“Common sense” and other logical fallacies

Gun control advocates have a favorite way of describing their proposals:  common sense or sensible.  Take, as examples of this, Rosie O’Donnell debating guns with Tom Selleck or Gov. Andrew Cuomo speaking about the NY SAFE Act.

And here, we who support gun rights must object.  In my article on framing, I discussed the way that questions are asked or ideas are presented to shape our thinking on a subject.  The same thing is going on here.  Attaching the adjective “sensible” to a proposal is meant to preclude disagreement.  Who could be against common sense?  Who wants to argue on the side of the irrational?

This attempt at framing raises the question (not begs, as we’ll see in a moment) of what we mean by “common sense.”  Americans who know our history will remember Thomas Paine’s pamphlet in the early days of our revolution.  The argument there depends on an awareness of self-evident truths, something we are all supposed to have.  And that is the meaning that the phrase has had, going back centuries in philosophical discussion.  But are magazine capacity limits, “universal” background checks, counts of cosmetic features, and so forth common sense?

What is going on all too often when we hear “common sense” is the fallacy of begging the question.  That term is often misused today as if it means “raising the question,” but it is in fact the error in thinking that assumes the truth of a claim, then uses the claim as proof of its own truth.

Whether a new gun regulation is sensible or not is precisely what is being debated.  Merely labeling something common sense doesn’t make it so.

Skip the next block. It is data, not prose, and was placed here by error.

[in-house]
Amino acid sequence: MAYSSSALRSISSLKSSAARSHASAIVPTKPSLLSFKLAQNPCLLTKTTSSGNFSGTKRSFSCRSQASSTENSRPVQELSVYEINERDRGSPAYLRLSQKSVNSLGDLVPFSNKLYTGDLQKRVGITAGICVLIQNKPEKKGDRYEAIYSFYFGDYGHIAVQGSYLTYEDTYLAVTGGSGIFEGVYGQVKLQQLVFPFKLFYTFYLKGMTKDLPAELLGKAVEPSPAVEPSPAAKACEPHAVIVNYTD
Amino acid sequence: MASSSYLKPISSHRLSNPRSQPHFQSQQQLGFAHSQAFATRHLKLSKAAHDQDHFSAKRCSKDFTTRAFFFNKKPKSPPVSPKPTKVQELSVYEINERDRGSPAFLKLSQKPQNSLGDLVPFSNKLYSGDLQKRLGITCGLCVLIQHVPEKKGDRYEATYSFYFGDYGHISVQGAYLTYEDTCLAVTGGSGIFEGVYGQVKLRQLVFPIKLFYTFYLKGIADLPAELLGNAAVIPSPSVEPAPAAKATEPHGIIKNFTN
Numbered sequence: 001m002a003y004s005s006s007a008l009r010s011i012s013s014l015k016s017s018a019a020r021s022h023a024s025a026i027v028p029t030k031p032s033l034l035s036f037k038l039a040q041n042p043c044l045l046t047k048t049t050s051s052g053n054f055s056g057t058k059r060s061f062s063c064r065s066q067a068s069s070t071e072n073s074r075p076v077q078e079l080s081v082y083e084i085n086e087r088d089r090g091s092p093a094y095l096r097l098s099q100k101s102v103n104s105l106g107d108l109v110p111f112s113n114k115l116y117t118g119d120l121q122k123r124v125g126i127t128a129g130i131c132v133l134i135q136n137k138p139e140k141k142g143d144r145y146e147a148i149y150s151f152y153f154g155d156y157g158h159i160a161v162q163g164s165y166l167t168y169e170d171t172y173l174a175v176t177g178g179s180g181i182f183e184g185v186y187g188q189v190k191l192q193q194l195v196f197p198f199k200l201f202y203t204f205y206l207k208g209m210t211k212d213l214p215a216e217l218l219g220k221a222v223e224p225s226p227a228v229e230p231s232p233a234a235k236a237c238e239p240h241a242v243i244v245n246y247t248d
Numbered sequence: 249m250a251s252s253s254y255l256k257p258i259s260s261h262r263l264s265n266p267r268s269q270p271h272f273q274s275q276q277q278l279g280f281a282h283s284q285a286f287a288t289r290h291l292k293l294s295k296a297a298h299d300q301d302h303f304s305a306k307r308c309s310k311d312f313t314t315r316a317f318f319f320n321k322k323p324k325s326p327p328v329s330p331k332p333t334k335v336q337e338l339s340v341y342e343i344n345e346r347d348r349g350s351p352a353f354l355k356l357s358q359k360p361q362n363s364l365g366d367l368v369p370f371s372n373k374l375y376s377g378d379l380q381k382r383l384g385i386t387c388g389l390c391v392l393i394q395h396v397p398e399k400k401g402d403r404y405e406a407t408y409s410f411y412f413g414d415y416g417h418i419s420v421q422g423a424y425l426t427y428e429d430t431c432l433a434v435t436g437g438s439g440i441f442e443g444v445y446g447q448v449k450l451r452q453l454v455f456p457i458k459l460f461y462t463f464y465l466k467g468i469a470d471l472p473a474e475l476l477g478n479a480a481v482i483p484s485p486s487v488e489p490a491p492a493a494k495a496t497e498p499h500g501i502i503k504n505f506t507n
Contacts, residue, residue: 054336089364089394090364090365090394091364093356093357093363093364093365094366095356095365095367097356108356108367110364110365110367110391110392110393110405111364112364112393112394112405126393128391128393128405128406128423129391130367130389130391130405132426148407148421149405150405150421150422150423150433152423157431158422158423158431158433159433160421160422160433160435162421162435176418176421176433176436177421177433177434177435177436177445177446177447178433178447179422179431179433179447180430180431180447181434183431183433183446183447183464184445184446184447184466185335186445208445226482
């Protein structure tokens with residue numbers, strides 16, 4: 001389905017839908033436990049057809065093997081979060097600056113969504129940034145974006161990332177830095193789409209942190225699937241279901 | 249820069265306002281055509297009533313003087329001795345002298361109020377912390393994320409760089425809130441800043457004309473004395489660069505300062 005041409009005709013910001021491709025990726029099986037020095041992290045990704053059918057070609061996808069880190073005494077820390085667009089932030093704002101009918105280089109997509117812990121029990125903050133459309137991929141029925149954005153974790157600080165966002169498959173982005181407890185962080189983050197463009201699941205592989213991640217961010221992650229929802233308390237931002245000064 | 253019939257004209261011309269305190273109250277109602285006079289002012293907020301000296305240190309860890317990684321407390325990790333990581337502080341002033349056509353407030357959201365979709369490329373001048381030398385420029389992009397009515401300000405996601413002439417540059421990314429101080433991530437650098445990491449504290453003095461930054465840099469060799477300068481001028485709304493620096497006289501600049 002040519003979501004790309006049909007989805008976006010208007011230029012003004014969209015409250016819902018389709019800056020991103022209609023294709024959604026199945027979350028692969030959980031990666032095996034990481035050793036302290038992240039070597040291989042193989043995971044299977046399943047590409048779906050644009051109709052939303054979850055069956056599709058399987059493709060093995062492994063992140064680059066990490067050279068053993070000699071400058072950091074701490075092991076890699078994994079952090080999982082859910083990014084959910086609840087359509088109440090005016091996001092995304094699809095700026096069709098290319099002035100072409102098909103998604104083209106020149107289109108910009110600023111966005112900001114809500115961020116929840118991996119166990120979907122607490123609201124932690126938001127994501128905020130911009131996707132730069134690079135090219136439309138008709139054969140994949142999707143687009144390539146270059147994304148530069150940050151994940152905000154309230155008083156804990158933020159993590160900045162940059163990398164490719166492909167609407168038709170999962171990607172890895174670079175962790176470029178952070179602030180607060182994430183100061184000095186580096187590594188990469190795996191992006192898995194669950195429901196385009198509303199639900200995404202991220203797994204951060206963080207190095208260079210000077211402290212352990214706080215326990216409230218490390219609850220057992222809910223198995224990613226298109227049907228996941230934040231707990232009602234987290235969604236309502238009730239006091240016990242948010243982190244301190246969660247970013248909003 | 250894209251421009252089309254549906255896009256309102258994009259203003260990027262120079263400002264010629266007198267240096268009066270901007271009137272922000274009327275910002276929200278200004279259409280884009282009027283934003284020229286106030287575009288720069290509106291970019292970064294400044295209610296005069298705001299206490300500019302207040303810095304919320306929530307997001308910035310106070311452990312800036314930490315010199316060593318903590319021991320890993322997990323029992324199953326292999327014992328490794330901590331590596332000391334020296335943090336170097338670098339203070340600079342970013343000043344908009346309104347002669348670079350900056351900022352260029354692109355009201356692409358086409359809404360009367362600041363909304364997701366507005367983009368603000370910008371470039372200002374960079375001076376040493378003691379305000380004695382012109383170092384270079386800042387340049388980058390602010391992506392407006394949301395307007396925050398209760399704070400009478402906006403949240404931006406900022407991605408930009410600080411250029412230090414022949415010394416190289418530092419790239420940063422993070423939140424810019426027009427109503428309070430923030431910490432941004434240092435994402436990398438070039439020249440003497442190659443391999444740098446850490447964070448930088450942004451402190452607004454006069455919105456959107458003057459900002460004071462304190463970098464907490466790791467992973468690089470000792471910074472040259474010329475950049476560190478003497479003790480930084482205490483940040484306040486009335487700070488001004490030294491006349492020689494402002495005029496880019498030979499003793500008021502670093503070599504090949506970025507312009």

Take a proposal of the Federal Aviation Administration as an example of something considered as a safety rule that in its effect would have been anything but.

The FAA considered a regulation requiring infants to be placed in restraint seats on airplanes.  The reason for this proposed new rule, one that should sound familiar, was child safety.  And on the face of it, the idea sounded good.  After all, we put infants in such restraints in cars to protect them in the event of a collision.  Who could be against the same kind of safety in the air?

Turns out, a group of pediatricians could.  The analysis of Thomas Newman and others found that requiring child safety seats on planes—meaning that the child would have to have a separate ticket and seat—would result in more families traveling by car instead of flying, due to the added cost.  Given the differences in crash rates of aircraft and cars, the conclusion of the study was that the proposed safety rule would result in more deaths.

Newman, et al., show us the necessity of not taking things as they’re presented.  Gun control measures are offered as a means of increasing safety, particularly safety for children, and their assertion is that what they propose is the sensible means of achieving that goal  But we can’t allow control advocates to get away with the claim that they are for safety and we are not, nor can we let pass their attempt at framing.  What is sensible is the debate, and we can’t win that debate by conceding the argument before it begins.

The views and opinions expressed in this post are those of the author’s and do not necessarily reflect the position of Guns.com.